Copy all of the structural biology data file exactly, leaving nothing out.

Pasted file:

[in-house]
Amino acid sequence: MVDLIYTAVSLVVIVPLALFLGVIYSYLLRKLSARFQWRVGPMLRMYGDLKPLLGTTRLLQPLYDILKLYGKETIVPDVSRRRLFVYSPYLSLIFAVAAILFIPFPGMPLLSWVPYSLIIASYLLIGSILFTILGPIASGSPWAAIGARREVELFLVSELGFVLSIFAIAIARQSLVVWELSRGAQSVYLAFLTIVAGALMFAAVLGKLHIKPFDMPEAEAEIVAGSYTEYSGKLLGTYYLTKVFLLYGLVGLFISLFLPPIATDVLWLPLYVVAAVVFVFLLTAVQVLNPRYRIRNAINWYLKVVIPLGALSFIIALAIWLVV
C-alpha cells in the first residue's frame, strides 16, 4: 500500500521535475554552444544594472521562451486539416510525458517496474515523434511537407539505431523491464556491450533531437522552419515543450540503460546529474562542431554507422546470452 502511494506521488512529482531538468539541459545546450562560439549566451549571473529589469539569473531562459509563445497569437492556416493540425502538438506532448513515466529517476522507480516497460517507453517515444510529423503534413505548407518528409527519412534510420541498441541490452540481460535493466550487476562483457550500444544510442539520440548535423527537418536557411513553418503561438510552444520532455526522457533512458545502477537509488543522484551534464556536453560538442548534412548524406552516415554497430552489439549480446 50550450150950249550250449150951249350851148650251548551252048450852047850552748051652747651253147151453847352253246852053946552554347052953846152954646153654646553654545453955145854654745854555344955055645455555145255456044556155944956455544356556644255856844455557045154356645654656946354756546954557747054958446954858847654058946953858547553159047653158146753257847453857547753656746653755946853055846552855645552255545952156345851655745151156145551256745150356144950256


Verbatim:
[in-house]
Amino acid sequence: MVDLIYTAVSLVVIVPLALFLGVIYSYLLRKLSARFQWRVGPMLRMYGDLKPLLGTTRLLQPLYDILKLYGKETIVPDVSRRRLFVYSPYLSLIFAVAAILFIPFPGMPLLSWVPYSLIIASYLLIGSILFTILGPIASGSPWAAIGARREVELFLVSELGFVLSIFAIAIARQSLVVWELSRGAQSVYLAFLTIVAGALMFAAVLGKLHIKPFDMPEAEAEIVAGSYTEYSGKLLGTYYLTKVFLLYGLVGLFISLFLPPIATDVLWLPLYVVAAVVFVFLLTAVQVLNPRYRIRNAINWYLKVVIPLGALSFIIALAIWLVV
C-alpha cells in the first residue's frame, strides 16, 4: 500500500521535475554552444544594472521562451486539416510525458517496474515523434511537407539505431523491464556491450533531437522552419515543450540503460546529474562542431554507422546470452 502511494506521488512529482531538468539541459545546450562560439549566451549571473529589469539569473531562459509563445497569437492556416493540425502538438506532448513515466529517476522507480516497460517507453517515444510529423503534413505548407518528409527519412534510420541498441541490452540481460535493466550487476562483457550500444544510442539520440548535423527537418536557411513553418503561438510552444520532455526522457533512458545502477537509488543522484551534464556536453560538442548534412548524406552516415554497430552489439549480446 50550450150950249550250449150951249350851148650251548551252048450852047850552748051652747651253147151453847352253246852053946552554347052953846152954646153654646553654545453955145854654745854555344955055645455555145255456044556155944956455544356556644255856844455557045154356645654656946354756546954557747054958446954858847654058946953858547553159047653158146753257847453857547753656746653755946853055846552855645552255545952156345851655745151156145551256745150356144950256